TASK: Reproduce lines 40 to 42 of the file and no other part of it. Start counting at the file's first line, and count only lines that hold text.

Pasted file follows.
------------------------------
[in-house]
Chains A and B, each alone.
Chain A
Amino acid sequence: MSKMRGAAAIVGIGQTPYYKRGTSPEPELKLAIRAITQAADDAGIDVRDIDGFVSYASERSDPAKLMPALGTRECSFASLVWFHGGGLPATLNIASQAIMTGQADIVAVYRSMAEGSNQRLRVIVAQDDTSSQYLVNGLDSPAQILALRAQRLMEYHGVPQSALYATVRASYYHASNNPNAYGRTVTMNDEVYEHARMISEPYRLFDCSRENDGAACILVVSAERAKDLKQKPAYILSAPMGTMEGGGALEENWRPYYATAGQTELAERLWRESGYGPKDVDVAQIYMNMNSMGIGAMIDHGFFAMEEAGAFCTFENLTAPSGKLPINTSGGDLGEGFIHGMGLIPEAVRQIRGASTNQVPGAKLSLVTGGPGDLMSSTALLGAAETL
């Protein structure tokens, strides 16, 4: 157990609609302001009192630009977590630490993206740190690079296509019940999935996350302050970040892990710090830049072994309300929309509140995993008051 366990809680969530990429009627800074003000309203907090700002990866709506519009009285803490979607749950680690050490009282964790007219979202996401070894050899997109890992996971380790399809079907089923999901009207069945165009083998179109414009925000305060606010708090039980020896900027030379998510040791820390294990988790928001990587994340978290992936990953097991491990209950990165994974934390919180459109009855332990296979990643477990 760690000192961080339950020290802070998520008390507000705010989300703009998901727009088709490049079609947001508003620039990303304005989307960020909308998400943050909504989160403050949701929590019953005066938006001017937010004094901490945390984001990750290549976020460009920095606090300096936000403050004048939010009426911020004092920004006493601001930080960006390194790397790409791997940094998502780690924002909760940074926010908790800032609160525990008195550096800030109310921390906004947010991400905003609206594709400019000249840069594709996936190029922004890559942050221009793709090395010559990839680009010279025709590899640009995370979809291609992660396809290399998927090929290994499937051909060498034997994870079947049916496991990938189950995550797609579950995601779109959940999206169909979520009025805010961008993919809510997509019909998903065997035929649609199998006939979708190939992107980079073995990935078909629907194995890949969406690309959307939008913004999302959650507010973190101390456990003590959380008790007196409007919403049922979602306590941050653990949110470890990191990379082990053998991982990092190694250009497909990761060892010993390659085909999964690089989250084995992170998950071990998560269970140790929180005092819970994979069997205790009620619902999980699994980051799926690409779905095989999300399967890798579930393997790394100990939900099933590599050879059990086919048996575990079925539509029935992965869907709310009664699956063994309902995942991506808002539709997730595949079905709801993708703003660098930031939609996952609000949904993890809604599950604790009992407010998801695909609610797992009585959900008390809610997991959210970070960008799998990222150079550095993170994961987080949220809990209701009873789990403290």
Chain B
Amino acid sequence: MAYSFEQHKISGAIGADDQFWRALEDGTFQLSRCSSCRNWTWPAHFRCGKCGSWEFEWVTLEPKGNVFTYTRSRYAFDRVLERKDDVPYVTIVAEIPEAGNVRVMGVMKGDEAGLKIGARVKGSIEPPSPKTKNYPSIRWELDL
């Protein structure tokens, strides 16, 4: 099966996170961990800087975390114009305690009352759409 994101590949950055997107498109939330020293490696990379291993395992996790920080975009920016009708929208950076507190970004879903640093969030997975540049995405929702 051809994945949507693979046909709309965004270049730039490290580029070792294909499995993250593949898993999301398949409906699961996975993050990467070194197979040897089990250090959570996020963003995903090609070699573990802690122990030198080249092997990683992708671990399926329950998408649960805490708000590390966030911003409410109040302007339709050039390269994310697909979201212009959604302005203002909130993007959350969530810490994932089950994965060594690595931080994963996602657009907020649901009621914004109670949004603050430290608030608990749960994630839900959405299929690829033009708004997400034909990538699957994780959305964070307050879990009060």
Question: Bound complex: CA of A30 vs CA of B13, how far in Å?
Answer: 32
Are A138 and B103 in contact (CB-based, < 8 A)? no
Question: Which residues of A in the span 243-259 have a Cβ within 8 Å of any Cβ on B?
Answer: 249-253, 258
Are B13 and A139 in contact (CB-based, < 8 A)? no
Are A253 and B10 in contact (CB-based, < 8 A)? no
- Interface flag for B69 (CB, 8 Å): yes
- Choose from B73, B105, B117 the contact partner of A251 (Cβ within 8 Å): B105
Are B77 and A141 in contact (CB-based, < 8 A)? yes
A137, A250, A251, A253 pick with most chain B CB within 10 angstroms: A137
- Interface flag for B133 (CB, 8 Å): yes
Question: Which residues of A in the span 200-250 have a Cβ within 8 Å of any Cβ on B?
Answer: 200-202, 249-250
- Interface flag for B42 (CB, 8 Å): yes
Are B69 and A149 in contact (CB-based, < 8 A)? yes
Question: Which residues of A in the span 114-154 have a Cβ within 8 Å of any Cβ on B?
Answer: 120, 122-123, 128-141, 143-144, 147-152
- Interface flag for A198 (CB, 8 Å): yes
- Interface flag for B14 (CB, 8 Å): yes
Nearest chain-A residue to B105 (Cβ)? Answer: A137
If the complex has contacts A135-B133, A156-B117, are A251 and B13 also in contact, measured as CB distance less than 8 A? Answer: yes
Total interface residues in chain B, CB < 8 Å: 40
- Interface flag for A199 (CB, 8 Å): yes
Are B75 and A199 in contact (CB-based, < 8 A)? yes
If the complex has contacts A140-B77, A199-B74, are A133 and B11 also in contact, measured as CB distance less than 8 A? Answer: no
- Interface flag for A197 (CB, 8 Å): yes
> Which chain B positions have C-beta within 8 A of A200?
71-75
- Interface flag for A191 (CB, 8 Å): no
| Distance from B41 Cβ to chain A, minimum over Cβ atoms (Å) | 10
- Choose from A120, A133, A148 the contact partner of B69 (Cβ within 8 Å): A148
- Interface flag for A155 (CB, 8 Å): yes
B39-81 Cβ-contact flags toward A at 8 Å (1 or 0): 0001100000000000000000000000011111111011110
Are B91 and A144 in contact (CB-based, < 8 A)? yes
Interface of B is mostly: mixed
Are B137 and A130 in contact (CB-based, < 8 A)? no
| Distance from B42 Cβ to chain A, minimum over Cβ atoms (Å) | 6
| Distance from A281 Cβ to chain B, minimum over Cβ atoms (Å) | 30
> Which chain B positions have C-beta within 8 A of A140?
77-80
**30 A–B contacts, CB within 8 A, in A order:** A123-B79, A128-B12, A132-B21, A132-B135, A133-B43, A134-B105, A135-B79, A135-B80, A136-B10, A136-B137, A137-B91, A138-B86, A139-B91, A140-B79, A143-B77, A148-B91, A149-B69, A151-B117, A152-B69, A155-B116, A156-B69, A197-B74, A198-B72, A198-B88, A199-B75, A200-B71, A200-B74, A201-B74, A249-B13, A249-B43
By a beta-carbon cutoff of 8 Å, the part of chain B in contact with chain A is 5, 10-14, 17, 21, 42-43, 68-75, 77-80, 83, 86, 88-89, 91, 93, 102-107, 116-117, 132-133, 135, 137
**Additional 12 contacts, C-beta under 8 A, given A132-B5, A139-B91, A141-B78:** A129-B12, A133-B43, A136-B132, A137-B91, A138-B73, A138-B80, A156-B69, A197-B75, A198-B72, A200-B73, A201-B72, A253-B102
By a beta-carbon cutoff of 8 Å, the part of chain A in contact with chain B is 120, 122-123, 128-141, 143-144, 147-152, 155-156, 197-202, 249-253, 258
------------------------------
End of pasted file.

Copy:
- Choose from A120, A133, A148 the contact partner of B69 (Cβ within 8 Å): A148
- Interface flag for A155 (CB, 8 Å): yes
B39-81 Cβ-contact flags toward A at 8 Å (1 or 0): 0001100000000000000000000000011111111011110